As was mentioned in a previous review, I absolutely love historical fiction pieces that intertwine multiple perspectives and storylines into the main plot. I believe that this sort of writing style for historical fiction is the most effective, as long as the transitions from past to present are done effectively. “People of the Book” did an excellent job with this and I genuinely enjoyed when the book had me time travel to unknown times and places. I would go so far as to say that I was even disappointed when the book took you back to the “present” main plot line. I, unfortunately, felt that the main plot line took away from the main focus of the book: the Haggadah. Particularly due to the love story between two of the main characters; it took away from the rest of the novel, and was unnecessary in the context of this story. The side stories, on the other hand, were perfection. My personal favorite was the last side-tale in which the artist behind the beautiful illuminations of the Haggadah was revealed.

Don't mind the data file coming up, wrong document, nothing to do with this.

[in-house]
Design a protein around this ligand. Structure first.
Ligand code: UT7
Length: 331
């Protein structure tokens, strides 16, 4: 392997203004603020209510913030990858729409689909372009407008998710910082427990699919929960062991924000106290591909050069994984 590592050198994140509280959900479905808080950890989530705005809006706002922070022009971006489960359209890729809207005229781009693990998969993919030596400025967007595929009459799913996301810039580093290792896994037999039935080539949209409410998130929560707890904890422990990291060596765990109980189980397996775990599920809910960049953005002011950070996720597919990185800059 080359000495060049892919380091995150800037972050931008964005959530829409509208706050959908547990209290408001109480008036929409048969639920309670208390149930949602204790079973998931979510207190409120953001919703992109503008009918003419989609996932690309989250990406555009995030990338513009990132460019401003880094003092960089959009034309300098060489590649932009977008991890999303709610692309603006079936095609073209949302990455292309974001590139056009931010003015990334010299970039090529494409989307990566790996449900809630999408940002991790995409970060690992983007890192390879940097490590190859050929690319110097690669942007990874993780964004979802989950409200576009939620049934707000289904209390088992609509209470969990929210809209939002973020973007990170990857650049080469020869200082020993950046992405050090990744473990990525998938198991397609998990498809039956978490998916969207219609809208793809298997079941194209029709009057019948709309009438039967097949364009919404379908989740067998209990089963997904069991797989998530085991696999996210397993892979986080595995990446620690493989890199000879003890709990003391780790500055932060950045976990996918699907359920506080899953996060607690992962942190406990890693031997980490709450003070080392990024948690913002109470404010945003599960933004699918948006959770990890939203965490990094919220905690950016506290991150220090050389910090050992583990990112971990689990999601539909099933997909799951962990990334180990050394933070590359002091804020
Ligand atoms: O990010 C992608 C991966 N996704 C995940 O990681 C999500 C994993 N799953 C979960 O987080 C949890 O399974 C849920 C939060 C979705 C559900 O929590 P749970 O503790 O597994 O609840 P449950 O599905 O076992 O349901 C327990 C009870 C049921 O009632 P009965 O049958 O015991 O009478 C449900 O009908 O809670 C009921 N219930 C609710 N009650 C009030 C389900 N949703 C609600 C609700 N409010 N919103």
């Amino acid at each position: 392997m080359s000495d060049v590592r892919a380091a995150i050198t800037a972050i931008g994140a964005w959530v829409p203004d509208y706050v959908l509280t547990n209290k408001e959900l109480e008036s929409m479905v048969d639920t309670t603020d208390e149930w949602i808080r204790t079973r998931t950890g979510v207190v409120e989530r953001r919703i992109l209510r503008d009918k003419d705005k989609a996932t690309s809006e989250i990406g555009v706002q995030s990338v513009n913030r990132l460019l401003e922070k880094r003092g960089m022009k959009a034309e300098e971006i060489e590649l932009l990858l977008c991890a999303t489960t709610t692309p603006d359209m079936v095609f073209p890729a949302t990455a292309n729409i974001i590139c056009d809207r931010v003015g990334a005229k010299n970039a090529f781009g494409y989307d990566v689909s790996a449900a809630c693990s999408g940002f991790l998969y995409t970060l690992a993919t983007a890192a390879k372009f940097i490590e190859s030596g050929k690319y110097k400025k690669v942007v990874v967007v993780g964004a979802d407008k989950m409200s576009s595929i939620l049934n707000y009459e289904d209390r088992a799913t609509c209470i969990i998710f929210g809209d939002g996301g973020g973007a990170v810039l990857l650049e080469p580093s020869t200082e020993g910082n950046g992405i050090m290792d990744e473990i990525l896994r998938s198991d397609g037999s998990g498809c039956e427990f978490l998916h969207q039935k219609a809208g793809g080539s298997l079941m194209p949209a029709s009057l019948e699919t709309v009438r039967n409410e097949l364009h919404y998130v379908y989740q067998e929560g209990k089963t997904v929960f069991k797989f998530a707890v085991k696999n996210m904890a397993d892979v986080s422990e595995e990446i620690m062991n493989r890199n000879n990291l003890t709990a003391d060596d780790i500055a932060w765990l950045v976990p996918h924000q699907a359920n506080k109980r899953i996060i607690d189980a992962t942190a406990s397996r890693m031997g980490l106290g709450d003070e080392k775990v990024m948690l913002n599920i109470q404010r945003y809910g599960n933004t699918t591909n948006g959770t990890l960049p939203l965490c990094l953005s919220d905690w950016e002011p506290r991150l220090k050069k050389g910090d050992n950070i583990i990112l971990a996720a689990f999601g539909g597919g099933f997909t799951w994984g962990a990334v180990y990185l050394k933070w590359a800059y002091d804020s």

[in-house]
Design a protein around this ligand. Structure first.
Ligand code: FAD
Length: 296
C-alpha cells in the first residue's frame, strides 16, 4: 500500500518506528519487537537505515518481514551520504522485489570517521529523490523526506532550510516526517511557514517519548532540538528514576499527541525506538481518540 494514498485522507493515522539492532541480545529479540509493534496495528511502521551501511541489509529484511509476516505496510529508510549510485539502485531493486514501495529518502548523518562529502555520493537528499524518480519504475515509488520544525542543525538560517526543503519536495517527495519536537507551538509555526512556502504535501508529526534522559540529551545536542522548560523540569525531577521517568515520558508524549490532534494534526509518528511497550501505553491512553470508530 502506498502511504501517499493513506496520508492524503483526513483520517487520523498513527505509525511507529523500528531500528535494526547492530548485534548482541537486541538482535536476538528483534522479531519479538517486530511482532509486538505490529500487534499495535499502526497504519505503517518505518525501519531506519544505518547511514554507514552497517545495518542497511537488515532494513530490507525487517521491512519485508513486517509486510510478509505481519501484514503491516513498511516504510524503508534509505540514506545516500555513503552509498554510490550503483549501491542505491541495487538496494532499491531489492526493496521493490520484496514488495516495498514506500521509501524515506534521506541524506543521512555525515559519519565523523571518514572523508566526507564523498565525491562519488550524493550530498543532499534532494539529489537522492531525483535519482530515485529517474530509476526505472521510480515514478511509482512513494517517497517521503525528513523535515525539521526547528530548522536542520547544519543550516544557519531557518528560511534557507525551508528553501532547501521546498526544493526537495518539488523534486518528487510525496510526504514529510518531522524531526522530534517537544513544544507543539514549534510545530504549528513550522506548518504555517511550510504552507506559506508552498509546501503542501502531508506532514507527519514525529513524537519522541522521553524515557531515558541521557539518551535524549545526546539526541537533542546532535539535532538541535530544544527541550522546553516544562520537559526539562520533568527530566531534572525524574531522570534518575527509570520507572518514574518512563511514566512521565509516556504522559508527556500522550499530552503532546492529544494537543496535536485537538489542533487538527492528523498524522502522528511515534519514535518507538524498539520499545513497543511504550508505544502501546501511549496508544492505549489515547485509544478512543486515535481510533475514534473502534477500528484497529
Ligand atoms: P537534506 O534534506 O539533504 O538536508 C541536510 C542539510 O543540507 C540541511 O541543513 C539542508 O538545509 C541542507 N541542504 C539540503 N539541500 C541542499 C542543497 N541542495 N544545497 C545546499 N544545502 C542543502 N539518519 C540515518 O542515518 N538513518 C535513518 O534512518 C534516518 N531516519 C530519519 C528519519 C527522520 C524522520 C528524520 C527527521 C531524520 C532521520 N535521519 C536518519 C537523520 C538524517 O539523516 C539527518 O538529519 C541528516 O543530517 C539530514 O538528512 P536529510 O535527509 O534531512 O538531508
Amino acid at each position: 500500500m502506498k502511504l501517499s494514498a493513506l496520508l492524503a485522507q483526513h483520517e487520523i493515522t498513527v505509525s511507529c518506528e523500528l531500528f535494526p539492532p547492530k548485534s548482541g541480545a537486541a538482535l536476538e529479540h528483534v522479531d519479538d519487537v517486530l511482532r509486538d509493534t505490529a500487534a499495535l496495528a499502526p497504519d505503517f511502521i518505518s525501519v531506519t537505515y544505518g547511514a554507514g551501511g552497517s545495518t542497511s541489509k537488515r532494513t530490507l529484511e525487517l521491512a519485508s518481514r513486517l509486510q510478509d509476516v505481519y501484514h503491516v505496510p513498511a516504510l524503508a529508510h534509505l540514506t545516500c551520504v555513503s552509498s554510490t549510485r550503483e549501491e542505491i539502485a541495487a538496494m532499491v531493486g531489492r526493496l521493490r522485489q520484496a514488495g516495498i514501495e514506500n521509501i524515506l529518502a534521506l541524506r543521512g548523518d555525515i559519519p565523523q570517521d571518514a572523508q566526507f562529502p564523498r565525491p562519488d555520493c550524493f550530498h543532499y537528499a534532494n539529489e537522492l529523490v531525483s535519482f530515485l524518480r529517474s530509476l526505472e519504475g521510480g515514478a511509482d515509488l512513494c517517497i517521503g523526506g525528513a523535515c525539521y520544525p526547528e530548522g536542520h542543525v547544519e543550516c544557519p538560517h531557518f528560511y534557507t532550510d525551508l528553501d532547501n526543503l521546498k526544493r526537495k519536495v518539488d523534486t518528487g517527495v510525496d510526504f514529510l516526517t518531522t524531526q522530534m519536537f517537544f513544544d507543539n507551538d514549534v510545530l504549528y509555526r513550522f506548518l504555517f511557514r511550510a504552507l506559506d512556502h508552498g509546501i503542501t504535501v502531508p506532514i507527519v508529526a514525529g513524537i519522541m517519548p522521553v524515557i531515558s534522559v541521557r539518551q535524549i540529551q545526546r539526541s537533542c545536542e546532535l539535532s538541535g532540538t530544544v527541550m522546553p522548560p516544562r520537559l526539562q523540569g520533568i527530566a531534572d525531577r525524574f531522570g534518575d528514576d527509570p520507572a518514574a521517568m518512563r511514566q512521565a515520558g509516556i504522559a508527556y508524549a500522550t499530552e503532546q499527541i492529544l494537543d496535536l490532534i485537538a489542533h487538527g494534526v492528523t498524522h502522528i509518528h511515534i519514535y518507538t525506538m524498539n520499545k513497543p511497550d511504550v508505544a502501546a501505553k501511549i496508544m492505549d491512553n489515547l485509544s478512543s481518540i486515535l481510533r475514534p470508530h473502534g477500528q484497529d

The construction of the plot line was artfully done, and I felt that the author did an excellent job in transitioning between the main plot line and the side stories. I particularly appreciated the chronological order she chose to take with these side narratives.  In addition, Geraldine Brooks did not necessarily directly connect all the parts of the story together; she left a little mystery to it and gave just enough information for the reader to be able to discern it themselves.

I am glad that I was finally able to read this book, but in the realm of historical fiction novels, this was not one of my favorites. I just felt that the main plot line took away from the side narratives, and there were parts of the main storyline that seemed extraneous. However, the central themes of the book are important ones, and Geraldine Brooks highlights them at every occasion she gets. The main theme being that historical artifacts are central to our history and their importance should be recognized. Unlike us, they are able to survive time and tell their stories to future generations, if only we would listen.